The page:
Tom joins a class where the students play in a rock band. He tells the teacher, Mr. Sharp, he plays guitar and saxophone. Mr. Sharp explains the class is about music theory, discovering new music, and of course playing music. He asks Tom about his opinion on new music. Tom claims not to have one.
Mr. Sharp tries to spark a class discussion by stating, "Rock and roll is dead, a wrinkled old prune of a whore that has no business being kissed by a young man." Tom loves rock and roll, so put another dime in the jukebox, baby. The teacher wonders why kids don't get their own music that people over their own music that nobody over age 25 understands. "'Cause art is dead," says Tom. Mr. Sharp praises his answer.
Now they're ready to play some music. Mr. Sharp assigns Tom to the drums. Tom doesn't know how to play them. Mr. Sharp says Tom can't be a "real" musician if he can't play the drums. The kids start playing. A kid wanders in midway through the piece and picks up his guitar. He plays a pretty decent solo.
Booker is in an auditorium with two older teachers, a man and a woman. The man asks if Booker's ready to choose a specialty. "I'd like to try that dance class," says Booker, eyeing the girl spinning onstage. The woman asks, "Any particular reason?" "I think I'd look good in those leotards," Booker replies, "There's a lotta women in this class and I get along good with women." "Those are hardly reasons," scoffs the female teacher.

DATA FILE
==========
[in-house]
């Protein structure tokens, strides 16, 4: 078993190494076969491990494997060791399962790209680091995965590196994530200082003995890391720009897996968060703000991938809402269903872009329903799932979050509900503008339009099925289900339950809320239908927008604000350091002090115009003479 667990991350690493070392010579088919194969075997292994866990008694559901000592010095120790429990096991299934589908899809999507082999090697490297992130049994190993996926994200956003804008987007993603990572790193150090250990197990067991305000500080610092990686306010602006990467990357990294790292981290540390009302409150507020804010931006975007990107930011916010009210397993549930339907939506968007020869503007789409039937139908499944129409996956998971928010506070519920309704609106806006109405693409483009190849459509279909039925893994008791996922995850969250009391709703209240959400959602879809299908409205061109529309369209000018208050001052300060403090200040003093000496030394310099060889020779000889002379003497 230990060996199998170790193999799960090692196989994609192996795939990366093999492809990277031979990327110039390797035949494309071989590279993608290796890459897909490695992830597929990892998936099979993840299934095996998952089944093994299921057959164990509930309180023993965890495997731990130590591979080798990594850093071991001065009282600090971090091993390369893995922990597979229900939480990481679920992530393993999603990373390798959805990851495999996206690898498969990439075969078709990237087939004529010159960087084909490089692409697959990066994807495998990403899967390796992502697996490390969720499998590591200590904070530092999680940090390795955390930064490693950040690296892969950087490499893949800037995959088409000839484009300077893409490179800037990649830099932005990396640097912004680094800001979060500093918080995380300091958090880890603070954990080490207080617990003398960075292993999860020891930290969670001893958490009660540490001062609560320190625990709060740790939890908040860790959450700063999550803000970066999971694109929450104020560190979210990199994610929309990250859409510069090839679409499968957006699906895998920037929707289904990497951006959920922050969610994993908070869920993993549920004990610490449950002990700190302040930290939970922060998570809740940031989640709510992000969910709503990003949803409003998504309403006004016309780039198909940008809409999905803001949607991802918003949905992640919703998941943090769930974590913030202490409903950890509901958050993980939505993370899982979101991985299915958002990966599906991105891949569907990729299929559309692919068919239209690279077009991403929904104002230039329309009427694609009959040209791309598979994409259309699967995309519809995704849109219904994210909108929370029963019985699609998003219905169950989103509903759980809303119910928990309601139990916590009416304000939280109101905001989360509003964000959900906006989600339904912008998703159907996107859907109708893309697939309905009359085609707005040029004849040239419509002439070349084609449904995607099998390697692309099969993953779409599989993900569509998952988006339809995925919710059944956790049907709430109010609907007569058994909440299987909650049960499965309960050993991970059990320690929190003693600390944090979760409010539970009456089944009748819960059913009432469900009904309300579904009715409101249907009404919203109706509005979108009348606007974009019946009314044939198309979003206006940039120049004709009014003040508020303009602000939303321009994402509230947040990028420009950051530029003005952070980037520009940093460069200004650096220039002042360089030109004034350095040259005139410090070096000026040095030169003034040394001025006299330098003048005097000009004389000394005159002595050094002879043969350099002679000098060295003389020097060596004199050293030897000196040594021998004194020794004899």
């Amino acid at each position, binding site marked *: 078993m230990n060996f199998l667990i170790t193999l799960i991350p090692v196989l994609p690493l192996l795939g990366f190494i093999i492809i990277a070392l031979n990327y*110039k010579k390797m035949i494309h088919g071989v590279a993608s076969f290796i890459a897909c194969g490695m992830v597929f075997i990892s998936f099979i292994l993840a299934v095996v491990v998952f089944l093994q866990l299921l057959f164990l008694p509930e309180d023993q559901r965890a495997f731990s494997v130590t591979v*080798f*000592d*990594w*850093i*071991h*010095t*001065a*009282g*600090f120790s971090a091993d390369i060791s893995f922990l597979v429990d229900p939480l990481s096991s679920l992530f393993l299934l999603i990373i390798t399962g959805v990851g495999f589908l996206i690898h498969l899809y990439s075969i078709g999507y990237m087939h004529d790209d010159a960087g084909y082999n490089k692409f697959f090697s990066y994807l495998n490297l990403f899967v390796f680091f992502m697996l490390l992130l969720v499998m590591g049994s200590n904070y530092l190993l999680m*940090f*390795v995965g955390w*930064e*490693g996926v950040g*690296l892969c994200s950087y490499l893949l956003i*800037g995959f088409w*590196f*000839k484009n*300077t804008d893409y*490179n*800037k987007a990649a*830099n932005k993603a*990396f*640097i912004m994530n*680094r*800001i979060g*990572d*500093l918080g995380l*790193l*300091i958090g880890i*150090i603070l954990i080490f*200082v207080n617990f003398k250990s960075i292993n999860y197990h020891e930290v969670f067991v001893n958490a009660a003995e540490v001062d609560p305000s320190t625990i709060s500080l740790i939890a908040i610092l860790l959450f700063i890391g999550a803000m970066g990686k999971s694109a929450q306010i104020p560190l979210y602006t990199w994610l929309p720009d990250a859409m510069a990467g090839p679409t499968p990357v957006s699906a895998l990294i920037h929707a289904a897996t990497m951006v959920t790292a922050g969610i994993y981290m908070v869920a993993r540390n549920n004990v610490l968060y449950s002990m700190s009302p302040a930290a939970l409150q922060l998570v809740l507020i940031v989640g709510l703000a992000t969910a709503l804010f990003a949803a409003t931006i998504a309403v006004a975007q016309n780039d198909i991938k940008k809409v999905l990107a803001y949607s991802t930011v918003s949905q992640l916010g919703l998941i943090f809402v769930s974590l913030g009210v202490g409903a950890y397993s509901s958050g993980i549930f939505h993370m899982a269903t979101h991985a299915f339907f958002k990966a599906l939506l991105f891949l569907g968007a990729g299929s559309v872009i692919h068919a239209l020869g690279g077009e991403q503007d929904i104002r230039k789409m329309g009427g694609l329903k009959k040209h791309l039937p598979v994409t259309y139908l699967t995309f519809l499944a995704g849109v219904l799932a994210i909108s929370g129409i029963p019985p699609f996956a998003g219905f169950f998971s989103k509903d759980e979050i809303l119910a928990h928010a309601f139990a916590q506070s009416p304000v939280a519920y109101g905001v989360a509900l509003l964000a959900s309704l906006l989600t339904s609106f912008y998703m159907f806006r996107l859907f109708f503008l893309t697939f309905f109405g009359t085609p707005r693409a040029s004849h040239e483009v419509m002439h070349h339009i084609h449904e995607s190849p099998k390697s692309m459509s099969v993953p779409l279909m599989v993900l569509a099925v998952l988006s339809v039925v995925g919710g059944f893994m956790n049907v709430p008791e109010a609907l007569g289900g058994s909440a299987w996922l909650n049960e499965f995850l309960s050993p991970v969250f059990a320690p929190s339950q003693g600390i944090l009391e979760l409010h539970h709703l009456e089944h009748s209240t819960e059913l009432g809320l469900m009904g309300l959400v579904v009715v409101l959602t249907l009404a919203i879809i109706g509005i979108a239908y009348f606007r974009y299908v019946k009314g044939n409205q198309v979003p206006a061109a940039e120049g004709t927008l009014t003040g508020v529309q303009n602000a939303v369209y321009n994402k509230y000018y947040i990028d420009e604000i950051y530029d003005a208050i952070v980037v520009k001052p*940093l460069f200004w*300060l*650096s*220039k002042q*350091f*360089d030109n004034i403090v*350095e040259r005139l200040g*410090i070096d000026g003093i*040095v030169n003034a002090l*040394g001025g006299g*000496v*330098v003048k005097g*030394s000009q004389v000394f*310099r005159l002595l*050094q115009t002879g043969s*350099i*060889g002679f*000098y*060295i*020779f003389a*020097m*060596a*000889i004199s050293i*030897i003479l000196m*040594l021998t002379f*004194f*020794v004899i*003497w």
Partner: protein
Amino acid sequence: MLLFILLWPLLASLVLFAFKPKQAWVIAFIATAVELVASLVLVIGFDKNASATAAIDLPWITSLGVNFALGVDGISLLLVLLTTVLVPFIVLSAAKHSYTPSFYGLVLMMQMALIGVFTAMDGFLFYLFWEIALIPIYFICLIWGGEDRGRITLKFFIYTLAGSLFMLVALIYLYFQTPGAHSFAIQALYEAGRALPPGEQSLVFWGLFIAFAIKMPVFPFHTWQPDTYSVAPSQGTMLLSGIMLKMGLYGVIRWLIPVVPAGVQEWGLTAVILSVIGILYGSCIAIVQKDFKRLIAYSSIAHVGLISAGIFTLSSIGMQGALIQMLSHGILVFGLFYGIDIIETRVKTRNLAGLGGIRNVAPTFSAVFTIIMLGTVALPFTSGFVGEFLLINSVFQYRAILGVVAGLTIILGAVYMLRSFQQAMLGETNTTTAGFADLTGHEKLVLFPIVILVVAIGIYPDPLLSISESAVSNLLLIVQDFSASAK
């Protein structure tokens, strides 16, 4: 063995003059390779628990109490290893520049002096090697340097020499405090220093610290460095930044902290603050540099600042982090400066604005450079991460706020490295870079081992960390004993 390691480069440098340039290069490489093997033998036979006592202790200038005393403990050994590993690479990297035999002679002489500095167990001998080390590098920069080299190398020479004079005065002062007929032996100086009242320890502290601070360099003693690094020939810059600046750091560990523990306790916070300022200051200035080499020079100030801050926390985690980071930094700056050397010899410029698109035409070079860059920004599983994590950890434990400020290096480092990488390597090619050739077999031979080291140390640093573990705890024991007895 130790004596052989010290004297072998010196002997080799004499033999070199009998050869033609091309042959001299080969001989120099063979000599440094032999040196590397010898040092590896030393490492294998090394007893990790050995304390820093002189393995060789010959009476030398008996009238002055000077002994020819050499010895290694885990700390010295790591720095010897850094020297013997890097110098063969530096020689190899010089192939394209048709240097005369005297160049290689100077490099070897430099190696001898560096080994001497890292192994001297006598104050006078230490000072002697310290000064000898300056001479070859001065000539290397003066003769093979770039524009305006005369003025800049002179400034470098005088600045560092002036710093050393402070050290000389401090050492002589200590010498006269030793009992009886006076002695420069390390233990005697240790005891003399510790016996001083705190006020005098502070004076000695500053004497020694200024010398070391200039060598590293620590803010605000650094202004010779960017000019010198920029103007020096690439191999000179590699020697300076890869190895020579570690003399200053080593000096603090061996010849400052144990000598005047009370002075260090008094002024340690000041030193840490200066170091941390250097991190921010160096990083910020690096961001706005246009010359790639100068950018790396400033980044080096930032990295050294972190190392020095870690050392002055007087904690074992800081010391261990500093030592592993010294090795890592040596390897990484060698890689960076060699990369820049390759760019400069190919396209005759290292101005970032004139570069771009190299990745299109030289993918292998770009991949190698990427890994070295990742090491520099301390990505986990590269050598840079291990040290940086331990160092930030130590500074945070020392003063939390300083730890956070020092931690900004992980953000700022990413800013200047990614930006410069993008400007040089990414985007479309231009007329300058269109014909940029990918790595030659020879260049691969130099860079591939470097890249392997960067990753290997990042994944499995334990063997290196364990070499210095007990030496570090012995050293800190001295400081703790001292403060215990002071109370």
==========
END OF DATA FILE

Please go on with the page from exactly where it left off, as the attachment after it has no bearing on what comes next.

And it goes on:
Booker notices a group of kids who are wrapped in plastic and doing some kind of skit. "Performance art," the male teacher explains. He goes on that the goal of the medium is "to blend art with life until art is indistinguishable from life." "That's why I do!" Booker says, "I'm a freeform, poetic kind of performance artist."
The performance art teacher, Mr. Thurmer, scolds his students. "Your piece is strange, but where's the truth? Green Acres is strange, but is there truth?" "Of course there is," says Booker. Mr. Thurmer asks Booker to describe his work. Booker uses two words that don't go together at all: S&M haiku.
Booker demonstrates by getting onstage and putting his arm around a plastic-covered mannequin. "My friends always ask me, why don't you watch TV?" he starts, "I tell them: Because it gives me..." He puts on a pair of sunglasses, drawing from the David Caruso School of Acting. "A headache." Booker pushes over the mannequin and breaks a couple of nearby TVs with a sledgehammer. The three teachers look either stunned by Booker's stupidity or impressed.